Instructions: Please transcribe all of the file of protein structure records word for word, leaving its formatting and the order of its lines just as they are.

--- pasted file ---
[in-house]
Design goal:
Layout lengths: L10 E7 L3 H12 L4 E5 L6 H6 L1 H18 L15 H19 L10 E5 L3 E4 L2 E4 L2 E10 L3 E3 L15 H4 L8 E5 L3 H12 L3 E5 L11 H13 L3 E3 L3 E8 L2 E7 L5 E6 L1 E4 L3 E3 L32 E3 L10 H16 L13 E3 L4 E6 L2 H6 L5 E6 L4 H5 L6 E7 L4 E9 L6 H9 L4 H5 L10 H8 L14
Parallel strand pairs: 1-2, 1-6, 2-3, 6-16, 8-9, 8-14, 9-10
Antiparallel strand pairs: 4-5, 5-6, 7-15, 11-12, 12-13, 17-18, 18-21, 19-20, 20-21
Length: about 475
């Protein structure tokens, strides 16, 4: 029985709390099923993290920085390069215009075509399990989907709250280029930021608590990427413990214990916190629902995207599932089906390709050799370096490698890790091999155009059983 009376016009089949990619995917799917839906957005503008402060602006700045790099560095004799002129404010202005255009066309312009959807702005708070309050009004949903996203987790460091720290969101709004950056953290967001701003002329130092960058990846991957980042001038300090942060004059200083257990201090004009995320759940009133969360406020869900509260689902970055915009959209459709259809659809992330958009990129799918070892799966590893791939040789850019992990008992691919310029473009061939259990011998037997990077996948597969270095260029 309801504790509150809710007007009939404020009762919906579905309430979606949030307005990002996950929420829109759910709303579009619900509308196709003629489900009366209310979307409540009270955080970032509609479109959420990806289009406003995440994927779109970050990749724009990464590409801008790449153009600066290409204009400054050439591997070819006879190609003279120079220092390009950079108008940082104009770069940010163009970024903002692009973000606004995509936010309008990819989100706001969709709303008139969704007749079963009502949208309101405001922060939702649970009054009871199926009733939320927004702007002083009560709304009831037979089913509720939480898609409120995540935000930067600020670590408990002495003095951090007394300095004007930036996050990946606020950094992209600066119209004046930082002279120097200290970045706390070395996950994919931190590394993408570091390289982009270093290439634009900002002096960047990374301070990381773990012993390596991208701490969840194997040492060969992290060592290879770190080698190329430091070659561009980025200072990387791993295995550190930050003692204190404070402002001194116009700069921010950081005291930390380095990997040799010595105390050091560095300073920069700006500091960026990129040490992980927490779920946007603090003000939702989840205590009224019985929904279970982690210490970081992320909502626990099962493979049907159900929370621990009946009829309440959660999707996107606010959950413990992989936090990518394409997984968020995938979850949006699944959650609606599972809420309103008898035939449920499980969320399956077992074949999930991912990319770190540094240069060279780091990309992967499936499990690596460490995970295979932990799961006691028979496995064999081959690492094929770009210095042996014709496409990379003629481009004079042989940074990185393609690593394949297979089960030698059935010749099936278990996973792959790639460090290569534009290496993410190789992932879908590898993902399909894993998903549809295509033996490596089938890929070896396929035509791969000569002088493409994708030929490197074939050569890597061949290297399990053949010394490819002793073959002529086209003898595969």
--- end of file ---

[in-house]
Design goal:
Layout lengths: L10 E7 L3 H12 L4 E5 L6 H6 L1 H18 L15 H19 L10 E5 L3 E4 L2 E4 L2 E10 L3 E3 L15 H4 L8 E5 L3 H12 L3 E5 L11 H13 L3 E3 L3 E8 L2 E7 L5 E6 L1 E4 L3 E3 L32 E3 L10 H16 L13 E3 L4 E6 L2 H6 L5 E6 L4 H5 L6 E7 L4 E9 L6 H9 L4 H5 L10 H8 L14
Parallel strand pairs: 1-2, 1-6, 2-3, 6-16, 8-9, 8-14, 9-10
Antiparallel strand pairs: 4-5, 5-6, 7-15, 11-12, 12-13, 17-18, 18-21, 19-20, 20-21
Length: about 475
């Protein structure tokens, strides 16, 4: 029985709390099923993290920085390069215009075509399990989907709250280029930021608590990427413990214990916190629902995207599932089906390709050799370096490698890790091999155009059983 009376016009089949990619995917799917839906957005503008402060602006700045790099560095004799002129404010202005255009066309312009959807702005708070309050009004949903996203987790460091720290969101709004950056953290967001701003002329130092960058990846991957980042001038300090942060004059200083257990201090004009995320759940009133969360406020869900509260689902970055915009959209459709259809659809992330958009990129799918070892799966590893791939040789850019992990008992691919310029473009061939259990011998037997990077996948597969270095260029 309801504790509150809710007007009939404020009762919906579905309430979606949030307005990002996950929420829109759910709303579009619900509308196709003629489900009366209310979307409540009270955080970032509609479109959420990806289009406003995440994927779109970050990749724009990464590409801008790449153009600066290409204009400054050439591997070819006879190609003279120079220092390009950079108008940082104009770069940010163009970024903002692009973000606004995509936010309008990819989100706001969709709303008139969704007749079963009502949208309101405001922060939702649970009054009871199926009733939320927004702007002083009560709304009831037979089913509720939480898609409120995540935000930067600020670590408990002495003095951090007394300095004007930036996050990946606020950094992209600066119209004046930082002279120097200290970045706390070395996950994919931190590394993408570091390289982009270093290439634009900002002096960047990374301070990381773990012993390596991208701490969840194997040492060969992290060592290879770190080698190329430091070659561009980025200072990387791993295995550190930050003692204190404070402002001194116009700069921010950081005291930390380095990997040799010595105390050091560095300073920069700006500091960026990129040490992980927490779920946007603090003000939702989840205590009224019985929904279970982690210490970081992320909502626990099962493979049907159900929370621990009946009829309440959660999707996107606010959950413990992989936090990518394409997984968020995938979850949006699944959650609606599972809420309103008898035939449920499980969320399956077992074949999930991912990319770190540094240069060279780091990309992967499936499990690596460490995970295979932990799961006691028979496995064999081959690492094929770009210095042996014709496409990379003629481009004079042989940074990185393609690593394949297979089960030698059935010749099936278990996973792959790639460090290569534009290496993410190789992932879908590898993902399909894993998903549809295509033996490596089938890929070896396929035509791969000569002088493409994708030929490197074939050569890597061949290297399990053949010394490819002793073959002529086209003898595969």